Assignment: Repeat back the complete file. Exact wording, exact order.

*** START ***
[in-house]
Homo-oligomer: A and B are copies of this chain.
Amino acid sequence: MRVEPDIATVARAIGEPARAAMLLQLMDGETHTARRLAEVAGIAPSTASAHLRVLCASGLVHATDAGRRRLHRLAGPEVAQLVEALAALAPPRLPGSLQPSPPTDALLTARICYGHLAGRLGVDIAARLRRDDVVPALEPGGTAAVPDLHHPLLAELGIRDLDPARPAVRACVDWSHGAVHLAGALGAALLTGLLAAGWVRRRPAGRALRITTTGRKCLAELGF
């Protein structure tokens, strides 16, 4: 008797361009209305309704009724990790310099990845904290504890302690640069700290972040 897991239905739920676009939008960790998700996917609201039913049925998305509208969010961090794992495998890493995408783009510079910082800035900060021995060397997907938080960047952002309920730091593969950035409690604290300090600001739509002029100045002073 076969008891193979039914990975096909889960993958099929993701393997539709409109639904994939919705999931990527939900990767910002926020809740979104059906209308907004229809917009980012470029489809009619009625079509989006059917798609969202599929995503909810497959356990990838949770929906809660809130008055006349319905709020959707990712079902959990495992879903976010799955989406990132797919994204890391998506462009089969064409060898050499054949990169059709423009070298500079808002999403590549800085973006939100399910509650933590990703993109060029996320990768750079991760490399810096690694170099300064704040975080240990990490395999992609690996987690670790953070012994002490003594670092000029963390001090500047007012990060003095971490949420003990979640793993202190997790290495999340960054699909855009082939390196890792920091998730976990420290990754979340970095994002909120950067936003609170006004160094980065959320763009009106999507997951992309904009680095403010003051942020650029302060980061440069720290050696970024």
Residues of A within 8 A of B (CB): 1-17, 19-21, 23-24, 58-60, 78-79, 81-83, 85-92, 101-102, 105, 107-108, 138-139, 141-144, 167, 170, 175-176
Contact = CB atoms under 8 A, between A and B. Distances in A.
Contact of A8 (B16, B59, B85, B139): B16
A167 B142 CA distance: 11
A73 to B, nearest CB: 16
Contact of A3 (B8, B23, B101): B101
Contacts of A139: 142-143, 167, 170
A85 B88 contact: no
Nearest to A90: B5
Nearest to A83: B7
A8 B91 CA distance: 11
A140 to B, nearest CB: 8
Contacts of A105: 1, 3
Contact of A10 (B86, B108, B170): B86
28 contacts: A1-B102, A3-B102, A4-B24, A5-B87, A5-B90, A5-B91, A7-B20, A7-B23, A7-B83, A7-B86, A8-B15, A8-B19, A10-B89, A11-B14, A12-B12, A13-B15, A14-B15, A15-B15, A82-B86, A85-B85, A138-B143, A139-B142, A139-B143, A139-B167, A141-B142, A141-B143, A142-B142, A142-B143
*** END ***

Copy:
[in-house]
Homo-oligomer: A and B are copies of this chain.
Amino acid sequence: MRVEPDIATVARAIGEPARAAMLLQLMDGETHTARRLAEVAGIAPSTASAHLRVLCASGLVHATDAGRRRLHRLAGPEVAQLVEALAALAPPRLPGSLQPSPPTDALLTARICYGHLAGRLGVDIAARLRRDDVVPALEPGGTAAVPDLHHPLLAELGIRDLDPARPAVRACVDWSHGAVHLAGALGAALLTGLLAAGWVRRRPAGRALRITTTGRKCLAELGF
């Protein structure tokens, strides 16, 4: 008797361009209305309704009724990790310099990845904290504890302690640069700290972040 897991239905739920676009939008960790998700996917609201039913049925998305509208969010961090794992495998890493995408783009510079910082800035900060021995060397997907938080960047952002309920730091593969950035409690604290300090600001739509002029100045002073 076969008891193979039914990975096909889960993958099929993701393997539709409109639904994939919705999931990527939900990767910002926020809740979104059906209308907004229809917009980012470029489809009619009625079509989006059917798609969202599929995503909810497959356990990838949770929906809660809130008055006349319905709020959707990712079902959990495992879903976010799955989406990132797919994204890391998506462009089969064409060898050499054949990169059709423009070298500079808002999403590549800085973006939100399910509650933590990703993109060029996320990768750079991760490399810096690694170099300064704040975080240990990490395999992609690996987690670790953070012994002490003594670092000029963390001090500047007012990060003095971490949420003990979640793993202190997790290495999340960054699909855009082939390196890792920091998730976990420290990754979340970095994002909120950067936003609170006004160094980065959320763009009106999507997951992309904009680095403010003051942020650029302060980061440069720290050696970024």
Residues of A within 8 A of B (CB): 1-17, 19-21, 23-24, 58-60, 78-79, 81-83, 85-92, 101-102, 105, 107-108, 138-139, 141-144, 167, 170, 175-176
Contact = CB atoms under 8 A, between A and B. Distances in A.
Contact of A8 (B16, B59, B85, B139): B16
A167 B142 CA distance: 11
A73 to B, nearest CB: 16
Contact of A3 (B8, B23, B101): B101
Contacts of A139: 142-143, 167, 170
A85 B88 contact: no
Nearest to A90: B5
Nearest to A83: B7
A8 B91 CA distance: 11
A140 to B, nearest CB: 8
Contacts of A105: 1, 3
Contact of A10 (B86, B108, B170): B86
28 contacts: A1-B102, A3-B102, A4-B24, A5-B87, A5-B90, A5-B91, A7-B20, A7-B23, A7-B83, A7-B86, A8-B15, A8-B19, A10-B89, A11-B14, A12-B12, A13-B15, A14-B15, A15-B15, A82-B86, A85-B85, A138-B143, A139-B142, A139-B143, A139-B167, A141-B142, A141-B143, A142-B142, A142-B143